Where does a building begin? As much as we are used to placing the origins of architecture within the mind of the architect, a building is also the endpoint of vast, geophysical processes that start in the heart of the sun. The material composition of New York City is a metabolic product of our nearby star: solar energy fuels tectonic motions that create minerals and metals, and drives the ecological dynamics upon which living things depend — and from which modern architecture has extracted so much. Viewed from this perspective, the city’s built fabric implies massive energetic and social consequences. The stuff of our skyscrapers is so often mined and processed by precarious workers under abysmal conditions, leaving behind uneven landscapes of environmental and economic ruin. Images of our glimmering skyline elide the labor of maintaining a perpetual sheen. Meanwhile, recent reports have indicated that buildings account for nearly 90 percent of the city’s energy consumption, and about 68 percent of its total greenhouse gas emissions.
In order to mitigate these so-called “externalities,” could architects visualize the cost of building as much as buildings themselves? What is the true relationship between figure and ground when we’re talking about the actual ground? Below, Kiel Moe brings architecture down to earth. Through a series of drawings and photographs taken from his forthcoming book Unless: The Seagram Building Construction Ecology, Moe disassembles an iconic Manhattan skyscraper into its raw matter, tracing an extended geography of extraction across the thin crust of a planet in peril.
Architecture is traditionally described as either a cultural object or technical act. Yet both modes are directly related to the manifold ecological and social degradations that result from and through the process of building. Architecture will remain detached from the salient ecological and social dynamics of this century if we continue to understand it in the same limited ways. Novel descriptions of the terrestrial basis of building offer new insights into how architecture can otherwise engage these key dynamics.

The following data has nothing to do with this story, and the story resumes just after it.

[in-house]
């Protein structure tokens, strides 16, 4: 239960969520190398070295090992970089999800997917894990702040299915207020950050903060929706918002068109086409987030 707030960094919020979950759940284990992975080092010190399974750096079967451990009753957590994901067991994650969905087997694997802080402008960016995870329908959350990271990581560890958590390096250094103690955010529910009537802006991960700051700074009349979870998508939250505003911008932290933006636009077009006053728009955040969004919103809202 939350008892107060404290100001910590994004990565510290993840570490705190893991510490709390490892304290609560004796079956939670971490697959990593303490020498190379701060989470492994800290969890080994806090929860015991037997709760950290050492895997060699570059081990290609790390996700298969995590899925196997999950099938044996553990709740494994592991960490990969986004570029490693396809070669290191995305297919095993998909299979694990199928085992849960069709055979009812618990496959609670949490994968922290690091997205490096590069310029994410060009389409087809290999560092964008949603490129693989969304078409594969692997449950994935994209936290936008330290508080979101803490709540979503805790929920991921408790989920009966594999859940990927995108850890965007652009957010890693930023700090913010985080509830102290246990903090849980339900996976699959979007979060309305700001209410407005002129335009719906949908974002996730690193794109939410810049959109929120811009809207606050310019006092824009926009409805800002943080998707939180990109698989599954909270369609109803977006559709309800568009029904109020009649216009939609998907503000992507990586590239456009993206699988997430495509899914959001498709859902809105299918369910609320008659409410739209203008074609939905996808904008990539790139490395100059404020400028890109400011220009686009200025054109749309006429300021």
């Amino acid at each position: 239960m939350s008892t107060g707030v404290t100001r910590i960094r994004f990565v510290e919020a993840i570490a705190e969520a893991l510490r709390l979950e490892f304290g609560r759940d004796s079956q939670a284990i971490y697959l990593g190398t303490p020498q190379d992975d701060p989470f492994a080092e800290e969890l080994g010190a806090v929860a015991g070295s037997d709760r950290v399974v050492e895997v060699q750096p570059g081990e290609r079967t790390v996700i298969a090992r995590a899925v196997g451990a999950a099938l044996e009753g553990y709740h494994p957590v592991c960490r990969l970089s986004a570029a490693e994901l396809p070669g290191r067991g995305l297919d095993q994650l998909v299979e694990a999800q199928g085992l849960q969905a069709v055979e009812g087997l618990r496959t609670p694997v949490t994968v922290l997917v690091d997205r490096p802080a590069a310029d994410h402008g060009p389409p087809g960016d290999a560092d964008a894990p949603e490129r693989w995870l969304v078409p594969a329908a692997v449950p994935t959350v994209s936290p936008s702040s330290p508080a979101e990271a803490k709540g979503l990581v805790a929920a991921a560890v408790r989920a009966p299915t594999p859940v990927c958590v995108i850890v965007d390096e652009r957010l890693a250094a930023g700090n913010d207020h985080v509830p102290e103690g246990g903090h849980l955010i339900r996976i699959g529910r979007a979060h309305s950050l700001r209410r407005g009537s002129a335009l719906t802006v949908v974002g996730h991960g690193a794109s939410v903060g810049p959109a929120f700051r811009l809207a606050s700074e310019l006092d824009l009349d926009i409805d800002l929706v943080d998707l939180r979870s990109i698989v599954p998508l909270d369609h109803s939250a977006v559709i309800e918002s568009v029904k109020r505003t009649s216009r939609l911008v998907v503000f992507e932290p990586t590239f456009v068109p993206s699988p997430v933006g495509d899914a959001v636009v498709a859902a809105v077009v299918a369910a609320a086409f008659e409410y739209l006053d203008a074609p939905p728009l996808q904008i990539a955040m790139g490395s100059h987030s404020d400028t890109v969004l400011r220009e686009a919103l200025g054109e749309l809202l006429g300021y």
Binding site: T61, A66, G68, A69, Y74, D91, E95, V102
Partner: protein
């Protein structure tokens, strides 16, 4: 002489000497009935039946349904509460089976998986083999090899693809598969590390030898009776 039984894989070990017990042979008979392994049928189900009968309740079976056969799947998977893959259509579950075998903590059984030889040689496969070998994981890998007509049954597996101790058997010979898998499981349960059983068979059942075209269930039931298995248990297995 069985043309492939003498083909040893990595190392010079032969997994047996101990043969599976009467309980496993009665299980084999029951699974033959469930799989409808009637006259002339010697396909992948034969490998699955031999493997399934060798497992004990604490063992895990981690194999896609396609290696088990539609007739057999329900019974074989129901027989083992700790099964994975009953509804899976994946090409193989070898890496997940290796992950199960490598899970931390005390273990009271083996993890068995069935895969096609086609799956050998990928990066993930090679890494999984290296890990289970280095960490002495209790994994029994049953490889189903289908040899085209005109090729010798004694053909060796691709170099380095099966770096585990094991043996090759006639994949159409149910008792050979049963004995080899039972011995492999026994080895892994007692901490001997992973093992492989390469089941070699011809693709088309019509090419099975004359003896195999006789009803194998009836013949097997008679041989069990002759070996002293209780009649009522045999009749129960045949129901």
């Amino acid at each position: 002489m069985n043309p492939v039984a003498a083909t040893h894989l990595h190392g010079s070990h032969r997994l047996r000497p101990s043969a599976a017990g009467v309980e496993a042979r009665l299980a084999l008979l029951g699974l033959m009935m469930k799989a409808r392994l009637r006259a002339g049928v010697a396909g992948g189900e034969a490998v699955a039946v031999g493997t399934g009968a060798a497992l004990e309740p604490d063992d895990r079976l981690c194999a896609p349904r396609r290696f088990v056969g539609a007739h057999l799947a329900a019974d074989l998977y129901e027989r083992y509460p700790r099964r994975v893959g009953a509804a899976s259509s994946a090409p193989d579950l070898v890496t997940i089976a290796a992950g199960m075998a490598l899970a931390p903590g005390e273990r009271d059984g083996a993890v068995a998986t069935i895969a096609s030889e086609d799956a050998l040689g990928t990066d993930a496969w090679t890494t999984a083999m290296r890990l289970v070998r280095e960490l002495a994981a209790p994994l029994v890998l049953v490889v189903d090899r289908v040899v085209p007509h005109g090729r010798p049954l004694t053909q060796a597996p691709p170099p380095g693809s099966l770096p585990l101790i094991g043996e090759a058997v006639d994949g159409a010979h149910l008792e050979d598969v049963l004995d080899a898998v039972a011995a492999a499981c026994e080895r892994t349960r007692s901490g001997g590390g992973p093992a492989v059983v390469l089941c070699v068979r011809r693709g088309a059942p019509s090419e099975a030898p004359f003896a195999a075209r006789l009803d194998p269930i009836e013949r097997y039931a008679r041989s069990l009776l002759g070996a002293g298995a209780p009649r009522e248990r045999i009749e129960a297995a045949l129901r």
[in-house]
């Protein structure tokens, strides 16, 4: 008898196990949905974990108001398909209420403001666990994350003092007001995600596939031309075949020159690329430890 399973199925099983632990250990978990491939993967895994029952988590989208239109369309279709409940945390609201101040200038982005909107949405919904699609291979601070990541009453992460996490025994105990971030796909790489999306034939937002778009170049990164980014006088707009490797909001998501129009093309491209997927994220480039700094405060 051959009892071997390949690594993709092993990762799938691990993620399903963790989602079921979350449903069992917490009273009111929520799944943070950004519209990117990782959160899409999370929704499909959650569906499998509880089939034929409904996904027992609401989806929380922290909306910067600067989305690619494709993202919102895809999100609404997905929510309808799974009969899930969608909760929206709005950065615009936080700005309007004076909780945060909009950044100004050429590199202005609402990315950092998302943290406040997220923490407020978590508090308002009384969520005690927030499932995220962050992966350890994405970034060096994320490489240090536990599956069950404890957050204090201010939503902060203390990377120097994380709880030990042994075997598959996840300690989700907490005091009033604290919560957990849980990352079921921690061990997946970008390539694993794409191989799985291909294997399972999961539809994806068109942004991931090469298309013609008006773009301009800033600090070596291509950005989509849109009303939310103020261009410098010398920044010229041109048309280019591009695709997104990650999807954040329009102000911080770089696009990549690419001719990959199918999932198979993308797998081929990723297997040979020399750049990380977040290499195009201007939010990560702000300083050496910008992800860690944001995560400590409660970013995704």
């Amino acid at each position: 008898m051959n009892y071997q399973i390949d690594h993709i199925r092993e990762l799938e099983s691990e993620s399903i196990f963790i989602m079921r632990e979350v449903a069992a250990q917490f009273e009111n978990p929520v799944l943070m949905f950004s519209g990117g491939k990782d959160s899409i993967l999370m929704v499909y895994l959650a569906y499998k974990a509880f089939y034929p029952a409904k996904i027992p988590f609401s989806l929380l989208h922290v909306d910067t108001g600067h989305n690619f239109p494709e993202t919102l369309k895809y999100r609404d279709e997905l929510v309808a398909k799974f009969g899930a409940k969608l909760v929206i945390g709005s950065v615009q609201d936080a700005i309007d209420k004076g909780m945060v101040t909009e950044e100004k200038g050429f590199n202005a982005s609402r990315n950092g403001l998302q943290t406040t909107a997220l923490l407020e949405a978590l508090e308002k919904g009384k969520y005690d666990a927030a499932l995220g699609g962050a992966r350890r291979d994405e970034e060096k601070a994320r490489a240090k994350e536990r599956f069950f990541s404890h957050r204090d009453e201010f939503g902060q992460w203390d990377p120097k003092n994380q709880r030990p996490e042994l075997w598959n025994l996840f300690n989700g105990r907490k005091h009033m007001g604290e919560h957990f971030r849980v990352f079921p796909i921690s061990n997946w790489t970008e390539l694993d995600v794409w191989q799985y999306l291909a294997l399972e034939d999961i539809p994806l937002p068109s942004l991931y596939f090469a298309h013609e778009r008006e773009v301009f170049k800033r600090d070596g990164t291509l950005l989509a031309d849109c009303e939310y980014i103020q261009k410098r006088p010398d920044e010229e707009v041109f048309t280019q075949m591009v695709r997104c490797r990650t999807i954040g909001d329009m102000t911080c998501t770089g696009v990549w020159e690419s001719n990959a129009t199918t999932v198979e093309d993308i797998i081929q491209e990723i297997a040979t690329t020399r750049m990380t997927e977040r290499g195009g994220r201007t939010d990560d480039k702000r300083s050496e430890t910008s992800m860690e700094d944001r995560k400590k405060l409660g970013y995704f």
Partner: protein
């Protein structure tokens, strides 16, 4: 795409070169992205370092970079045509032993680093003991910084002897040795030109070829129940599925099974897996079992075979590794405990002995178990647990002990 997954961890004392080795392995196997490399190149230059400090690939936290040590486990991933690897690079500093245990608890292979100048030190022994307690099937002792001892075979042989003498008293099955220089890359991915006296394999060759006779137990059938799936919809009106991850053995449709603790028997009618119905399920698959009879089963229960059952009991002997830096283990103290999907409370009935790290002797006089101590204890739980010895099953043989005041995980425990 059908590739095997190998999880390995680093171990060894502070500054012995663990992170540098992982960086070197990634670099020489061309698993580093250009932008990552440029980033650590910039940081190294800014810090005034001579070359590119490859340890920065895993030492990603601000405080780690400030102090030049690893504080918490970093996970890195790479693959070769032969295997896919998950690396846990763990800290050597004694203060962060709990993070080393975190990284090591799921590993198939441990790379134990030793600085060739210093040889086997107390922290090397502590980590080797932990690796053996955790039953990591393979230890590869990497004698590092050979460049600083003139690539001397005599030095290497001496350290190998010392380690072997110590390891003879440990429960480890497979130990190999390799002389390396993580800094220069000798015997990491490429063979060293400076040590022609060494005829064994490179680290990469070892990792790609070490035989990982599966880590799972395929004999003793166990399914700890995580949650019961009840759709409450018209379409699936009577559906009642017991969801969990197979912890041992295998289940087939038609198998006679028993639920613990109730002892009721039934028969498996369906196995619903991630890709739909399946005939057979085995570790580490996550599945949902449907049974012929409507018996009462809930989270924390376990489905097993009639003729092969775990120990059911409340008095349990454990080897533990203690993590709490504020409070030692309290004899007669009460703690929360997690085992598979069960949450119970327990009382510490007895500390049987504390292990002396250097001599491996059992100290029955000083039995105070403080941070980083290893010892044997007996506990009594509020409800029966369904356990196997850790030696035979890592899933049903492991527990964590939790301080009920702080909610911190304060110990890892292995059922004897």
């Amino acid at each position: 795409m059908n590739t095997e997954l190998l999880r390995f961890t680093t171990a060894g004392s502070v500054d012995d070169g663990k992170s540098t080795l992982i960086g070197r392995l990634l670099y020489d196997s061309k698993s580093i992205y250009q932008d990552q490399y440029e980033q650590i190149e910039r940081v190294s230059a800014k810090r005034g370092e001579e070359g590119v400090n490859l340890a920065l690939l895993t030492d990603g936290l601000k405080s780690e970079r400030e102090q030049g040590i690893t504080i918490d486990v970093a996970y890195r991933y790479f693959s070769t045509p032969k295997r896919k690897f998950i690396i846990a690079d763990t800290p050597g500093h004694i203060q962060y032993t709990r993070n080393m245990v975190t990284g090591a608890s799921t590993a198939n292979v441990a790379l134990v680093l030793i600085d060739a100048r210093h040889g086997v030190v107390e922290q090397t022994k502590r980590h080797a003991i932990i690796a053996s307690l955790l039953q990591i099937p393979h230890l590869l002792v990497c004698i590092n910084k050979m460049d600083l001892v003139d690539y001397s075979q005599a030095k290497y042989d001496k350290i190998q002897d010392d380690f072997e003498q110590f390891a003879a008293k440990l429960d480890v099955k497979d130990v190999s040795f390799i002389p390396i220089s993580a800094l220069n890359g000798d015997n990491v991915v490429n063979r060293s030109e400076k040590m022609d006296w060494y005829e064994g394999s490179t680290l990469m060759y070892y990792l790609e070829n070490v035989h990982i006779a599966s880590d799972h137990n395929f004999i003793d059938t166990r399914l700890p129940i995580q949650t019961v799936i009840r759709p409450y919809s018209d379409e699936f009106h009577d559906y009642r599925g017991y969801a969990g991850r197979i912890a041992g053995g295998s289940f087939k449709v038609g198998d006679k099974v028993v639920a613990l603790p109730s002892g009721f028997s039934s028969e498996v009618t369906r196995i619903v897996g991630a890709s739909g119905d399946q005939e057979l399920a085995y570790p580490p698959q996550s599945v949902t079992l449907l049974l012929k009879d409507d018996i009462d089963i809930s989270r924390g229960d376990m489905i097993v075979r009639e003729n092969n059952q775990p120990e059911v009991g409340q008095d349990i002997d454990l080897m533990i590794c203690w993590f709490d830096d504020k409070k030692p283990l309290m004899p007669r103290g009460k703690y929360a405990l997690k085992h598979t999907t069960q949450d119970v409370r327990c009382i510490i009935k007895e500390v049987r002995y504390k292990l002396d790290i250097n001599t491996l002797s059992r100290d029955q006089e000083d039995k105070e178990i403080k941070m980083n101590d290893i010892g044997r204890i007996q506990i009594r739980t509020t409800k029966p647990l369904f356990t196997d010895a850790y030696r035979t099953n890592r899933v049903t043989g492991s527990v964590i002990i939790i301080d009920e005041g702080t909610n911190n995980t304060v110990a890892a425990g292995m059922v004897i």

To describe the terrestrial dynamics of building requires explicit methods. On one hand, this includes a rigorous ecological account. Howard T. Odum’s “emergy” method provides our most comprehensive picture of both the material and incorporeal web of relations that presuppose building. Starting from the sun and geology, this method tracks all the energetic and material transformations that result in a product or process, like building, and how that complex of matter and energy feeds back into the world. According to this method, all energy is traced back to the sun, which fuels 98.6 percent of the planet’s energy dynamics — the energy that drives all human and nonhuman processes. Similarly, materials are traced back to their solar and geological sources. This deep description of the material and energetic basis of architecture goes far beyond other methods, such as life cycle assessment, in reflecting the physical basis of building as a terrestrial phenomenon. When applied to architecture, this method is known as “construction ecology.” Construction ecology describes the physical constitution of building.
As it turns out, the eco-systemic mapping and accounting of material and energy exchanges associated with building is a robust basis for a parallel description of architectural practice as embedded in world-systems. This helps us describe the political constitution of building. Whereas architecture’s politics are often interpreted in a symbolic realm of meaning and significance, the physical matrix of labor, extraction, and development is a very literal instantiation of architecture’s politics, rarely entering architectural discourse even as it is inextricable from design and building. The material and energy flows of a construction ecology typically reveal processes of asymmetric and unequal modes of exchange, posing pointed political and social questions. Unequal ecological and economic exchanges tend to accumulate resources and wealth into global capitals through architecture, always at the cost of the extractive hinterlands and peoples on the other side of that exchange.As part of building’s terrestrial dynamics, we can and should describe how building in one part of the world literally displaces environmental loads to other parts of the world. We can become newly aware of how people and places around the world are structurally under-developed as global capitals become arguably over-developed. If we continue to neglect these social and political dimensions of building, we will continue to make the future a colony of the present.